(3) It does not appear that any such command had at that time gone forth from the king, and it was only when they came before him that he promulgated such an order. Even though the word, as Gesenins and Zickler (Chaldaismus Dan. Proph.) maintain, is a feminine participle present, instead of a verb in the preterit, still it would then as well apply to the "dream" departing from him, as the command or edict. We may suppose the king to say, "The thing leaves me; I cannot recal it."

    (4) It was so understood by the magicians, and the king did not attempt to correct their apprehension of what he meant. Thus, in Daniel 2:7, they say, "Let the king tell his servants the dream, and we will show the interpretation thereof." This shows that they understood that the dream had gone from him, and that they could not be expected to interpret its meaning until they were apprised what it was.

    (5) It is not necessary to suppose that the king retained the memory of the dream himself, and that he meant merely to try them; that is, that he told them a deliberate falsehood, in order to put their ability to the test. Nebuchadnezzar was a cruel and severe monarch, and such a thing would not have been entirely inconsistent with his character; but we should not needlessly charge cruelty and tyranny on any man, nor should we do it unless the evidence is so clear that we cannot avoid it. Besides, that such a test should be proposed is in the highest degree improbable. There was no need of it; and it was contrary to the established belief in such matters. These men were retained at court, among other reasons, for the very purpose of explaining the prognostics of the future. There was confidence in them; and they were retained "because" there was confidence in them. It does not appear that the Babylonian monarch had had any reason to distrust their ability as to what they professed; and why should he, therefore, on "this" occasion resolve to put them to so unusual, and obviously so unjust a trial?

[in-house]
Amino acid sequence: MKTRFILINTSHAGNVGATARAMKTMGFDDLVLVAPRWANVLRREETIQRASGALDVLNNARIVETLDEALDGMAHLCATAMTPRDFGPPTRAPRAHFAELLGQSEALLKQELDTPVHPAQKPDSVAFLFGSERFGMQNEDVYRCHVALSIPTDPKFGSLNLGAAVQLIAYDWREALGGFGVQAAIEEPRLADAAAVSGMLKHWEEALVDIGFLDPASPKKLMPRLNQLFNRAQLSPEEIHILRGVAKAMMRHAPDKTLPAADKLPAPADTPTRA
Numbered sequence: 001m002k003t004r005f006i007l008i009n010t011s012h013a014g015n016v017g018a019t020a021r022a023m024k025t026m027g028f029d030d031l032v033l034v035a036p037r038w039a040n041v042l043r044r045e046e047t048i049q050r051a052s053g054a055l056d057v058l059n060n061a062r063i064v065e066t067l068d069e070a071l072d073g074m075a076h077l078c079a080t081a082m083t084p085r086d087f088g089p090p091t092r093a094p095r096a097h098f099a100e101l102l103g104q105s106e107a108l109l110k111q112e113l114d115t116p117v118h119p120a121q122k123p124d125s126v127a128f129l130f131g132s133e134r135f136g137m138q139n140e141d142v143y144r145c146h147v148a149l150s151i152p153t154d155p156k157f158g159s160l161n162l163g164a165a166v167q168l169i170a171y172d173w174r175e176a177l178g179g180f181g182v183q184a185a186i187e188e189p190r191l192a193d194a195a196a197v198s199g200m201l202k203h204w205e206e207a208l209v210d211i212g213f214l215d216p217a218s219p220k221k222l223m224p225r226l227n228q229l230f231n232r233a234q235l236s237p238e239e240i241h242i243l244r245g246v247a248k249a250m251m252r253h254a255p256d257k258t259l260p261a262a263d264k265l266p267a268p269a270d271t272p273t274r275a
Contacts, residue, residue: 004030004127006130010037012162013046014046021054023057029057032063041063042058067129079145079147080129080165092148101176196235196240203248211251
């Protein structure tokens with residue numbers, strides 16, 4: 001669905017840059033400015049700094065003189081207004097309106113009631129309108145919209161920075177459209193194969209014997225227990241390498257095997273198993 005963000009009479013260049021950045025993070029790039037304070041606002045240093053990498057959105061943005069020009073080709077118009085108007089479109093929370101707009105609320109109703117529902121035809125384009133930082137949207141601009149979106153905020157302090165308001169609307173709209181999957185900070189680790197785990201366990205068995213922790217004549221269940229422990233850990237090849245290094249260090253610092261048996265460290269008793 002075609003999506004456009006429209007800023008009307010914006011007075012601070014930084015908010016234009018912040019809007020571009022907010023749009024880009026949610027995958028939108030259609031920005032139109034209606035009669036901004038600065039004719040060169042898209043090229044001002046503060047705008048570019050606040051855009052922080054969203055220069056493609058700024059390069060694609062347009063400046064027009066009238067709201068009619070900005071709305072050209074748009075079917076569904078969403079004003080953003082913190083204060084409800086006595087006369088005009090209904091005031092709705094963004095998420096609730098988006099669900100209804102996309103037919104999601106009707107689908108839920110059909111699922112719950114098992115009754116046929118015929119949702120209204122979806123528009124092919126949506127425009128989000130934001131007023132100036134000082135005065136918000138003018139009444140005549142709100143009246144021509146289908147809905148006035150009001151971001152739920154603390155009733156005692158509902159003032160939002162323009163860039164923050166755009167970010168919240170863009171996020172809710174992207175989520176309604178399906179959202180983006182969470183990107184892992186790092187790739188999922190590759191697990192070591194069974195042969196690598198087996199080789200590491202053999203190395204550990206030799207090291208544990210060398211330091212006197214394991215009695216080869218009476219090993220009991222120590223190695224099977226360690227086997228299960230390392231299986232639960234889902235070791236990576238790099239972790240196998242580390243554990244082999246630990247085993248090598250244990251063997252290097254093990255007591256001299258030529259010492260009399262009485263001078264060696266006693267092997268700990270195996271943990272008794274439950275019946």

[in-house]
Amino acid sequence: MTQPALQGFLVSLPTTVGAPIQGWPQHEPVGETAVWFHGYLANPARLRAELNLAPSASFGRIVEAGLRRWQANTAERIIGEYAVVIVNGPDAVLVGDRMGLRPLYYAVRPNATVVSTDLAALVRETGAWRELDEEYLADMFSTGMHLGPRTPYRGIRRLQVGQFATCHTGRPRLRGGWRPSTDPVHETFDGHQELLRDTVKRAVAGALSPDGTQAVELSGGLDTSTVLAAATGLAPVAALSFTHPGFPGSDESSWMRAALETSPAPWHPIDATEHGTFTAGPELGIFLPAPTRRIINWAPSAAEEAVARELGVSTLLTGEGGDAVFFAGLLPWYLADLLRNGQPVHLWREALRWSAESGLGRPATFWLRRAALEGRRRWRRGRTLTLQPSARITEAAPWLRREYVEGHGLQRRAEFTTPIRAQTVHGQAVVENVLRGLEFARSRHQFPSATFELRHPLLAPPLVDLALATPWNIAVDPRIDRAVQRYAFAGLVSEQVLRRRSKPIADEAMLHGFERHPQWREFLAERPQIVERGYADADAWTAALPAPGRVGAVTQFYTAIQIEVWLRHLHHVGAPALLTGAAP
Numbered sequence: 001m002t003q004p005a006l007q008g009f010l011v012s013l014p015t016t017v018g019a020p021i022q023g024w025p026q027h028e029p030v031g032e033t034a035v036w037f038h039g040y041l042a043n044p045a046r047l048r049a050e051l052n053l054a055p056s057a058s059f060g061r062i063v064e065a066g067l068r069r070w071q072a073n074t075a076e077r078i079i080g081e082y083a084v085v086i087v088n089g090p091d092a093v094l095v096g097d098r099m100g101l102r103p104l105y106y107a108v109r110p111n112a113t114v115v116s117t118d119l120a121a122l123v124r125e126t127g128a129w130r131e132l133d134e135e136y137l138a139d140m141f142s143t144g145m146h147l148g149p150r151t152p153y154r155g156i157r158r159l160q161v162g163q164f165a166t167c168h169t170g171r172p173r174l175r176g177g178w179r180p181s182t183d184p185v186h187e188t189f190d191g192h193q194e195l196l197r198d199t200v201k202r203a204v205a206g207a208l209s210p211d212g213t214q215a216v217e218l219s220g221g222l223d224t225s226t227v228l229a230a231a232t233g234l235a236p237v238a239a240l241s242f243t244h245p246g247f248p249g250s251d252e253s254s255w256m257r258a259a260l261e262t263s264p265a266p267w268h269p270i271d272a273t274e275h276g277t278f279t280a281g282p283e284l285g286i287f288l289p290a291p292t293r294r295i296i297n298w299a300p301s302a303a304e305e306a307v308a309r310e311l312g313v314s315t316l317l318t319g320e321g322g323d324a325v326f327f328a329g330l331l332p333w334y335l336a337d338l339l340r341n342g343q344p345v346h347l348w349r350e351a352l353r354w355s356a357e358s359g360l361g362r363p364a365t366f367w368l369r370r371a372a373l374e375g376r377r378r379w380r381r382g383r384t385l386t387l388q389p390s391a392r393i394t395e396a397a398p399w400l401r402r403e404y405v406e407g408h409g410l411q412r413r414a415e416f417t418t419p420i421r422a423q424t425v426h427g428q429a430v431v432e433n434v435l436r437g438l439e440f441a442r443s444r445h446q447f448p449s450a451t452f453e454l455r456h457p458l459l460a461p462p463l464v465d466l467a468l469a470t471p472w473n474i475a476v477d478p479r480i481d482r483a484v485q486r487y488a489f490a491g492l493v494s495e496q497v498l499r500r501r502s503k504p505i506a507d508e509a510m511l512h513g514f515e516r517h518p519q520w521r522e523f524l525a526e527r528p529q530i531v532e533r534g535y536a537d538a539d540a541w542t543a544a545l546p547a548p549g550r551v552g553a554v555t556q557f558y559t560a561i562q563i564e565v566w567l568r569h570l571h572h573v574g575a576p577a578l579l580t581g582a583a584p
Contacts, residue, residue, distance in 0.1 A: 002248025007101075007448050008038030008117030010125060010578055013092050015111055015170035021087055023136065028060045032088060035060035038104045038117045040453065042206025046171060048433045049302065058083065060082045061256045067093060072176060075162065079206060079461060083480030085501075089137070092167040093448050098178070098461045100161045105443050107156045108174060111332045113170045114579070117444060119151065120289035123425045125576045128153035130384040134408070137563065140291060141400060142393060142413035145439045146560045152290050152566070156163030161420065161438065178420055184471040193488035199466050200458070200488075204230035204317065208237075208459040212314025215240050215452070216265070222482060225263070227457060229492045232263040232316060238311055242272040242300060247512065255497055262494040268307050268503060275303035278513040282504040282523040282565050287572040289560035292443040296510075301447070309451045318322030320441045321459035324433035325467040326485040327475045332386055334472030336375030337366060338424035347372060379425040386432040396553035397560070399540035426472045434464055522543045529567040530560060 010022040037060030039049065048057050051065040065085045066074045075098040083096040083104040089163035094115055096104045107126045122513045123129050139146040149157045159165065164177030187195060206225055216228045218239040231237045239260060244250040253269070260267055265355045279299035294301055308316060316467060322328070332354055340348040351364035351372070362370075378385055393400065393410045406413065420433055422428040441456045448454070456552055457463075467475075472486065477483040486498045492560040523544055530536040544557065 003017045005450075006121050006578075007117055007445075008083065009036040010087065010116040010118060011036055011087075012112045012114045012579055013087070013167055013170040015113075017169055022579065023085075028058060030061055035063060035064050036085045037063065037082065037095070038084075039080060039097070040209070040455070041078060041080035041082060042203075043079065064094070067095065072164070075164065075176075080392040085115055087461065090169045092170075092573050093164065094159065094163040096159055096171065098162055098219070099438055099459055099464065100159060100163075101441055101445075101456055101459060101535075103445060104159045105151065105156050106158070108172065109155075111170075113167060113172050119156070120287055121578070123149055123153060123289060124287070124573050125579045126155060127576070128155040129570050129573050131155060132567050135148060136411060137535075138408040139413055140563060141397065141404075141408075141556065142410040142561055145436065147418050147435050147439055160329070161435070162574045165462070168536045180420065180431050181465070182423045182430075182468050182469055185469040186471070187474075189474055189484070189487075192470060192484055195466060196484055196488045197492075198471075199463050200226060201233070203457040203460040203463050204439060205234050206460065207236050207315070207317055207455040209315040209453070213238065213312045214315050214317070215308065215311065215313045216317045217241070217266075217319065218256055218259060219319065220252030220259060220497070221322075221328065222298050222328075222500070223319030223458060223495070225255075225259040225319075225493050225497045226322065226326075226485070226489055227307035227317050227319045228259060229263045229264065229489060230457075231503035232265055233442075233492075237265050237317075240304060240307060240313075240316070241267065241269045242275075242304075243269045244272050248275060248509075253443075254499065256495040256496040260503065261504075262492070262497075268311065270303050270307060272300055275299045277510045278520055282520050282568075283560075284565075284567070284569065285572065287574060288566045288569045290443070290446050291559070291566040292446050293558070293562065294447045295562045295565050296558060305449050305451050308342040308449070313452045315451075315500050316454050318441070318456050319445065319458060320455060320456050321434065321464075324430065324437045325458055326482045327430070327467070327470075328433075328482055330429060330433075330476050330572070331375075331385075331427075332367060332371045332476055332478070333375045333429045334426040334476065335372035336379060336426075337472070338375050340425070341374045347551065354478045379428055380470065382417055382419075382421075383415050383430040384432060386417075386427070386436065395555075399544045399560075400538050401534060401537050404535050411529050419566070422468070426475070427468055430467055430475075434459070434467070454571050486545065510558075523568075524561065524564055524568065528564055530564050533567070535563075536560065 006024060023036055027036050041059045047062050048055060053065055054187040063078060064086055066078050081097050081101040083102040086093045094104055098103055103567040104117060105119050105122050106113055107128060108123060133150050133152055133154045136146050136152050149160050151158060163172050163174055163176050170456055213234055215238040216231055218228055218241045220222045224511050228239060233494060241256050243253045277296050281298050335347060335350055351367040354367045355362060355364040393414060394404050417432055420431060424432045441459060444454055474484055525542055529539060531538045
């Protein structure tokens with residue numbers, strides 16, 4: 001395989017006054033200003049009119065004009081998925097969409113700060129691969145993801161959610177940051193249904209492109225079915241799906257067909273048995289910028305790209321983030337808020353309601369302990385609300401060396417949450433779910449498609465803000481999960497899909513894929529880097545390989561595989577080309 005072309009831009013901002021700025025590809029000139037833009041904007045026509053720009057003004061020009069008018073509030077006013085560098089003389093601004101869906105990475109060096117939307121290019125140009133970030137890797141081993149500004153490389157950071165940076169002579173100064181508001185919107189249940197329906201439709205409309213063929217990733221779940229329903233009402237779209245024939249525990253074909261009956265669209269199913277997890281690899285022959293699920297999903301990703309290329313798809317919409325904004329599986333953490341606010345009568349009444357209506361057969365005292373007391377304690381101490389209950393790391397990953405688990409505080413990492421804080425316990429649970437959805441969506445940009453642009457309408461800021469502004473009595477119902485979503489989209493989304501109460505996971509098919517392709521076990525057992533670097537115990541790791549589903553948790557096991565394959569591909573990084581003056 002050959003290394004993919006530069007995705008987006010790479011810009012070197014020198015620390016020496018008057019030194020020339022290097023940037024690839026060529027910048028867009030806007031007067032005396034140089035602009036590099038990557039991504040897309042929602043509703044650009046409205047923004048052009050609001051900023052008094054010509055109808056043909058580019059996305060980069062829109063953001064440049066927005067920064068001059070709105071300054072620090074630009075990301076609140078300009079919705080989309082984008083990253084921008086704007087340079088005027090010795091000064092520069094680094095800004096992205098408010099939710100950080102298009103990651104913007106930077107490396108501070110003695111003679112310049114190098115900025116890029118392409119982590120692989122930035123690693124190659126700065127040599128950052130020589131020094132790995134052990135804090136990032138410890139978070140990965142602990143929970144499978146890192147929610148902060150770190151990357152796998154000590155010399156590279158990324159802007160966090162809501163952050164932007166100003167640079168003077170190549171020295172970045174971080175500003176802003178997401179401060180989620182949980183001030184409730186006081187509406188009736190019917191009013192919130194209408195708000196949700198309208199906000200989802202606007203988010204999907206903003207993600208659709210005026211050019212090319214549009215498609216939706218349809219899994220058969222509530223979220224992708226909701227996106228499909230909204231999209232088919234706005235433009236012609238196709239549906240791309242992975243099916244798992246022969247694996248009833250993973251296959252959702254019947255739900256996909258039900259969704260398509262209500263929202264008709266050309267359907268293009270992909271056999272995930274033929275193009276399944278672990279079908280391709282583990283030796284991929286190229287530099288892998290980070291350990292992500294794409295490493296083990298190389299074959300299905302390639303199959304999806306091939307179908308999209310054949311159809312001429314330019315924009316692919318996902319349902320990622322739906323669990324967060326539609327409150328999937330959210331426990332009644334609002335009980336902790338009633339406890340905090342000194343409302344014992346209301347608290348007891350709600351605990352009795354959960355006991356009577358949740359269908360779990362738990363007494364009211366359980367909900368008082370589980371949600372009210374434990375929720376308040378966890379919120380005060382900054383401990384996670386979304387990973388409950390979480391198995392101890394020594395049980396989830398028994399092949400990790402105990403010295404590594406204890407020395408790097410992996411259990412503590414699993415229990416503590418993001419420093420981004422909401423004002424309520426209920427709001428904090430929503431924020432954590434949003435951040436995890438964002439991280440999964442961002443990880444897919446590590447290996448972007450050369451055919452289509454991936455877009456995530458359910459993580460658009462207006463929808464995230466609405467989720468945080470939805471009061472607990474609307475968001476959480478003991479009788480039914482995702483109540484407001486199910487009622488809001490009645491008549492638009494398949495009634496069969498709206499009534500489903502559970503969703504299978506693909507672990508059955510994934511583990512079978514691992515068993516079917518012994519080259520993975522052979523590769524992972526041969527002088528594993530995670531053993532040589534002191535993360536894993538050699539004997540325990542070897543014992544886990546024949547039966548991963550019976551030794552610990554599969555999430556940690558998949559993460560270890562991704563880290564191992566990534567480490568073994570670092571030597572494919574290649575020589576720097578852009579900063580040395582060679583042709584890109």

For these reasons, it seems clear to me that our common version has given the correct sense of this passage, and that the meaning is, that the dream had actually so far departed from him that he could not repeat it, though he retained such an impression of its portentous nature, and of its appalling outline, as to fill his mind with alarm. As to the objection derived from this view of the passage by Bertholdt to the authenticity of this chapter, that it is wholly improbable that any man would be so unreasonable as to doom others to punishment because they could not recal his dream, since it entered not into their profession to be able to do it (Commentary i. p. 192), it may be remarked, that the character of Nebuchadnezzar was such as to make what is stated here by Daniel by no means improbable. Thus it is said respecting him 2 Kings 25:7, "And they slew the sons of Zedekiah 'before his eyes,' and put out the eyes of Zedekiah, and bound him with fetters of brass, and carried him to Babylon." Compare 2 Kings 25:18-21; Jeremiah 39:5, following; Jeremiah 52:9-11. See also Daniel 4:17, where he is called "the basest of men." Compare Hengstenberg, "Die Authentie des Daniel," pp. 79-81. On this objection, see Introduction to the chapter, Section I.I.